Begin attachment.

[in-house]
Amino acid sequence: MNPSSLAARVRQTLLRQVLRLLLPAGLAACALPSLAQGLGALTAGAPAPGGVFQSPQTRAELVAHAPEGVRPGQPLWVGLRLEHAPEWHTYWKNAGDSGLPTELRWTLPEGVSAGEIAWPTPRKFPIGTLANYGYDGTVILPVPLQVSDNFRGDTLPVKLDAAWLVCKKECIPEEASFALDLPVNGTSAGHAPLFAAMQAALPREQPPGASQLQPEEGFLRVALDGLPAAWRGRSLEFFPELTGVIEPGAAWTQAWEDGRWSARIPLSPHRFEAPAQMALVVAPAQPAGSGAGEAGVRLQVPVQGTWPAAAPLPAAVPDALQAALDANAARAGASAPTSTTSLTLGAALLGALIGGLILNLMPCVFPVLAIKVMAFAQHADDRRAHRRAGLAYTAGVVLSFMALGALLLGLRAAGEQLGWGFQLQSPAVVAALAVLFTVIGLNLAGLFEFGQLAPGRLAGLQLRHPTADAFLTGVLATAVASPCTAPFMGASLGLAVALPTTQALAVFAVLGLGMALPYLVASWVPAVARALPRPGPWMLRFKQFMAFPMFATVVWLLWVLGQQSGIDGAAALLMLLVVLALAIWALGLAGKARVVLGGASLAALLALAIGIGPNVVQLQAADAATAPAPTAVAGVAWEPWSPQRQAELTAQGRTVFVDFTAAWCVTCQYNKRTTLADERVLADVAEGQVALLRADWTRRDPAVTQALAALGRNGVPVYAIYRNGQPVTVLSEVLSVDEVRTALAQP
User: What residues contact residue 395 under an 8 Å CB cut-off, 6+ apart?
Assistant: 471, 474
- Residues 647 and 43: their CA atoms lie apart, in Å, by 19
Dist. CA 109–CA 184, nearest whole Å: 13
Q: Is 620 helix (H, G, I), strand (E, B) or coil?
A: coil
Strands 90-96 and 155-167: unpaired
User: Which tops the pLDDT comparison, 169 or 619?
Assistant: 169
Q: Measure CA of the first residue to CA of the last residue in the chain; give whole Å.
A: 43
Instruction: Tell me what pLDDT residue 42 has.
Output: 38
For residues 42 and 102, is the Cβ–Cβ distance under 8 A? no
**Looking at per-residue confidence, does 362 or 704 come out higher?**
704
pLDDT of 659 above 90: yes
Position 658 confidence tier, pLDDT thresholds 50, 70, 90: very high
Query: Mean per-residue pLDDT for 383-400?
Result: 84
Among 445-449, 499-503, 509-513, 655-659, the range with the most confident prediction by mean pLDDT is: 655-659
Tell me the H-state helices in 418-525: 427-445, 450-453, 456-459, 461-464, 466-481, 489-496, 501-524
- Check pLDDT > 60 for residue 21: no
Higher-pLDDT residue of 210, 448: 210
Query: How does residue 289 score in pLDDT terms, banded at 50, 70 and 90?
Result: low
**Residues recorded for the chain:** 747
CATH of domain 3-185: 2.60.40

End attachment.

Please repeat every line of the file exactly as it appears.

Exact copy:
[in-house]
Amino acid sequence: MNPSSLAARVRQTLLRQVLRLLLPAGLAACALPSLAQGLGALTAGAPAPGGVFQSPQTRAELVAHAPEGVRPGQPLWVGLRLEHAPEWHTYWKNAGDSGLPTELRWTLPEGVSAGEIAWPTPRKFPIGTLANYGYDGTVILPVPLQVSDNFRGDTLPVKLDAAWLVCKKECIPEEASFALDLPVNGTSAGHAPLFAAMQAALPREQPPGASQLQPEEGFLRVALDGLPAAWRGRSLEFFPELTGVIEPGAAWTQAWEDGRWSARIPLSPHRFEAPAQMALVVAPAQPAGSGAGEAGVRLQVPVQGTWPAAAPLPAAVPDALQAALDANAARAGASAPTSTTSLTLGAALLGALIGGLILNLMPCVFPVLAIKVMAFAQHADDRRAHRRAGLAYTAGVVLSFMALGALLLGLRAAGEQLGWGFQLQSPAVVAALAVLFTVIGLNLAGLFEFGQLAPGRLAGLQLRHPTADAFLTGVLATAVASPCTAPFMGASLGLAVALPTTQALAVFAVLGLGMALPYLVASWVPAVARALPRPGPWMLRFKQFMAFPMFATVVWLLWVLGQQSGIDGAAALLMLLVVLALAIWALGLAGKARVVLGGASLAALLALAIGIGPNVVQLQAADAATAPAPTAVAGVAWEPWSPQRQAELTAQGRTVFVDFTAAWCVTCQYNKRTTLADERVLADVAEGQVALLRADWTRRDPAVTQALAALGRNGVPVYAIYRNGQPVTVLSEVLSVDEVRTALAQP
User: What residues contact residue 395 under an 8 Å CB cut-off, 6+ apart?
Assistant: 471, 474
- Residues 647 and 43: their CA atoms lie apart, in Å, by 19
Dist. CA 109–CA 184, nearest whole Å: 13
Q: Is 620 helix (H, G, I), strand (E, B) or coil?
A: coil
Strands 90-96 and 155-167: unpaired
User: Which tops the pLDDT comparison, 169 or 619?
Assistant: 169
Q: Measure CA of the first residue to CA of the last residue in the chain; give whole Å.
A: 43
Instruction: Tell me what pLDDT residue 42 has.
Output: 38
For residues 42 and 102, is the Cβ–Cβ distance under 8 A? no
**Looking at per-residue confidence, does 362 or 704 come out higher?**
704
pLDDT of 659 above 90: yes
Position 658 confidence tier, pLDDT thresholds 50, 70, 90: very high
Query: Mean per-residue pLDDT for 383-400?
Result: 84
Among 445-449, 499-503, 509-513, 655-659, the range with the most confident prediction by mean pLDDT is: 655-659
Tell me the H-state helices in 418-525: 427-445, 450-453, 456-459, 461-464, 466-481, 489-496, 501-524
- Check pLDDT > 60 for residue 21: no
Higher-pLDDT residue of 210, 448: 210
Query: How does residue 289 score in pLDDT terms, banded at 50, 70 and 90?
Result: low
**Residues recorded for the chain:** 747
CATH of domain 3-185: 2.60.40